Is Microwaving Food Really Unhealthy?

Nadine

Contributor

Every month on Kitchen Stories, we’ll be putting our food knowledge under the microscope to find out if what we think we know is really true. Have a food-related case that you want cracked open? Leave a comment underneath the article!

Approximately 95% of all American households own a microwave oven—no other country beats it. You place your food inside, press some buttons, wait for a few minutes or even mere seconds, and presto—dinner, lunch, or breakfast is ready to eat.

The centerpiece of each microwave oven is an electric tube that transforms electricity into magnetic waves. These microwaves are distributed through the whole cooking area and get reflected by metal walls inside the machine. As a result, the waves penetrate the food from all sides and cook it from the inside out.

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Since the invention of the microwave, there have been fierce opponents of the tool, claiming that the microwave’s magnetic waves can make you sick. But do they really? And, is it true that food loses valuable nutrients via microwaving?

Today, we get to the bottom of the 4 most common myths about microwaving.

Myth # 1: Microwave radiation makes you sick.

Microwave ovens work with high-frequency radiation, which is not radioactive and has been proven not to be dangerous. The same kind of radiation surrounds us all day and night—via the sun, WiFi, and radio waves. Microwaves penetrate food and get absorbed by water, fats, and sugar—directly converting them into atomic motion, which then creates heat. As soon as the radiation stops, the food cools down again without any radiation residues inside.

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The fact is: As long as you use a microwave according to the instructions, there is no need to worry. You could even sit right in front of a microwave oven without any negative consequences, since even cheap or old ovens hardly allow any radiation to pass from the inside, out.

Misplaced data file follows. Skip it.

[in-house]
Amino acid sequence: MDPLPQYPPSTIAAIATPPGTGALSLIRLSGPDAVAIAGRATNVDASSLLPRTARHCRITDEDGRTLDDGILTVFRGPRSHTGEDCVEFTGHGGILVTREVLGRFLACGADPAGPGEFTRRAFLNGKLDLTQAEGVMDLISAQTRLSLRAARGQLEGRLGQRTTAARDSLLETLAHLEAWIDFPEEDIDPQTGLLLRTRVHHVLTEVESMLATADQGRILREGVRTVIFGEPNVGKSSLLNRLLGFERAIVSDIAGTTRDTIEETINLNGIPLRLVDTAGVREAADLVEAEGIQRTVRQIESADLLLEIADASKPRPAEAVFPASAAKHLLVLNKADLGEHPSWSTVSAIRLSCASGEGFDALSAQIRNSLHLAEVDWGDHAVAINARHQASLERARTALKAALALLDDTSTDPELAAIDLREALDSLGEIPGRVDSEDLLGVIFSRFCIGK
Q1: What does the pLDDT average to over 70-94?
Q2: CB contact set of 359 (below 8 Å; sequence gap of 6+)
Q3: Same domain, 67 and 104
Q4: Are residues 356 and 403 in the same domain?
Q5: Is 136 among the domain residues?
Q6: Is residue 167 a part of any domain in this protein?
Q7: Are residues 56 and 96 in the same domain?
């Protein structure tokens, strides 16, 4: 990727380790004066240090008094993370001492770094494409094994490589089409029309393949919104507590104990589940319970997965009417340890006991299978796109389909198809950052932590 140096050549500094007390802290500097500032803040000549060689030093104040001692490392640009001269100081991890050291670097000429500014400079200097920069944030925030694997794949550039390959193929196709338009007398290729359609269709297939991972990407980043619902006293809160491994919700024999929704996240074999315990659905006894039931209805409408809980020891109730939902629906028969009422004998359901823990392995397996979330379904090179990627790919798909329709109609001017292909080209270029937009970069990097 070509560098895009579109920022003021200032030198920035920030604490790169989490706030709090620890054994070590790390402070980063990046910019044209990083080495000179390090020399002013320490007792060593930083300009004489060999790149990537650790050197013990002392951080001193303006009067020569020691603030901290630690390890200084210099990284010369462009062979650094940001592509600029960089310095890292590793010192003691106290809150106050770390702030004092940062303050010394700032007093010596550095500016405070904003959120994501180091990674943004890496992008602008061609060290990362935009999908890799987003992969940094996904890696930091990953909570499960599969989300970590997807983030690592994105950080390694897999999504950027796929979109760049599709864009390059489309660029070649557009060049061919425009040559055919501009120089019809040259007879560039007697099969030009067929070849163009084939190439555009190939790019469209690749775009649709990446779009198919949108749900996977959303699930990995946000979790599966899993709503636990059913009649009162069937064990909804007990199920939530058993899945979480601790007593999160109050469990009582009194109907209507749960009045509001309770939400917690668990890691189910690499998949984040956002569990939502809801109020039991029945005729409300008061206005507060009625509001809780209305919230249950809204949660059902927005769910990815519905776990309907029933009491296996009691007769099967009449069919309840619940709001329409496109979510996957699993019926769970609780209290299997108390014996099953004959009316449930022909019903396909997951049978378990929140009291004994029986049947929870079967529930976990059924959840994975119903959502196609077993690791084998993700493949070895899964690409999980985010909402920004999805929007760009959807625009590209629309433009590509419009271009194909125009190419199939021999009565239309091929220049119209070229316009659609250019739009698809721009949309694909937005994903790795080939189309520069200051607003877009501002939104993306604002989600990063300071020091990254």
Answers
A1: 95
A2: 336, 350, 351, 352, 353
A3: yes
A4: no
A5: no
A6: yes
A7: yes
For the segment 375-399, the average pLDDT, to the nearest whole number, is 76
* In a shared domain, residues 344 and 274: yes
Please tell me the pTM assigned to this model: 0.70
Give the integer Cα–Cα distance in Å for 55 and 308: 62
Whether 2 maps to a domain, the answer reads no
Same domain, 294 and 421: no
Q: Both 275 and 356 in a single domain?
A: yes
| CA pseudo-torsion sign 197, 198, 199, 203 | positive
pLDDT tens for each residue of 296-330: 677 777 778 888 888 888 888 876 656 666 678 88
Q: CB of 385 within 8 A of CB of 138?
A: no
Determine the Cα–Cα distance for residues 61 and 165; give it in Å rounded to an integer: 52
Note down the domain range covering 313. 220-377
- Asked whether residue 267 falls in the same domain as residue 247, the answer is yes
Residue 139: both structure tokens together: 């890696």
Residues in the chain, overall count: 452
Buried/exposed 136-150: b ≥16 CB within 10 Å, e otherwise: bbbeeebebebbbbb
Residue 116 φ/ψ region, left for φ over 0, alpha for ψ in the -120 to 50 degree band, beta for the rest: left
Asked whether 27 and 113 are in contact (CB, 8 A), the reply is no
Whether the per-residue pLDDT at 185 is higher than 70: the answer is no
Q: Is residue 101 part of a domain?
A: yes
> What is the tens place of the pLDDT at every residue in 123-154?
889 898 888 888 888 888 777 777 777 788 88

Myth # 2: Microwaving destroys nutrients.

It’s the most common myth of all: Microwaving destroys all the best nutrients in our food. And the perpetuation of this myth is not without its reasons. Compared to raw food, cooked food always contains less vitamins and nutrients, however it’s not actually proven that microwaves affect them more negatively than other ways of cooking. Some nutrients, like vitamin C, can’t tolerate any heat.

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The fact is: Less nutrients are a result of the process of cooking itself, not the way you do it. It doesn’t matter whether you boil, fry, or microwave it.

Myth # 3: Never put metal in a microwave oven.

Is it true that you should never put metal inside a microwave oven? For the most part yes, so don’t heat up any food on your grandma’s plate with the gold rim. The heat in a microwave is actually so strong that it can melt gold and other soft metals. Aluminum foil and other thin metals can also cause sparks in the microwave.

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The fact is: If you place thick metal objects like a spoon in a microwave oven, it will only get hot. Sometimes this can even be helpful, for example, if you want to warm up drinks. But if you want to be on the safe side, simply don’t use any metal for microwaving. Better safe than sorry.

Myth # 4: Don’t cook whole eggs in a microwave.

It’s said that you can heat everything in a microwave, but if you cook a whole egg in it, it will explode in less than a minute. Why? The water inside the egg evaporates through the heating process and expands by a factor of 1000. Since it can’t escape through the egg shell—the egg bursts. The same thing can happen to cased sausages cooked in a microwave oven.

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The fact is: Ingredients with a shell impermeable to water should not be cooked in a microwave oven or they will burst. But you can of course crack the egg beforehand to make scrambled eggs in a microwave.

Scrambled eggs in a mug

Scrambled eggs in a mug

→ Go to recipe

The Conclusion

It’s not only safe, but also time-saving to cook or reheat food in a microwave oven. Compared to using a conventional oven or stove, it’s possible that you could also save some energy money by using a microwave instead. However, what you’ll probably lose is the real joy that comes from cooking—standing next to your stove, stirring your homemade risotto, and getting excited to eat is simply a relaxing, beautiful, and irreplaceable process.

What do you think of microwaving? Do you love it or never use it? Tell us in the comments below!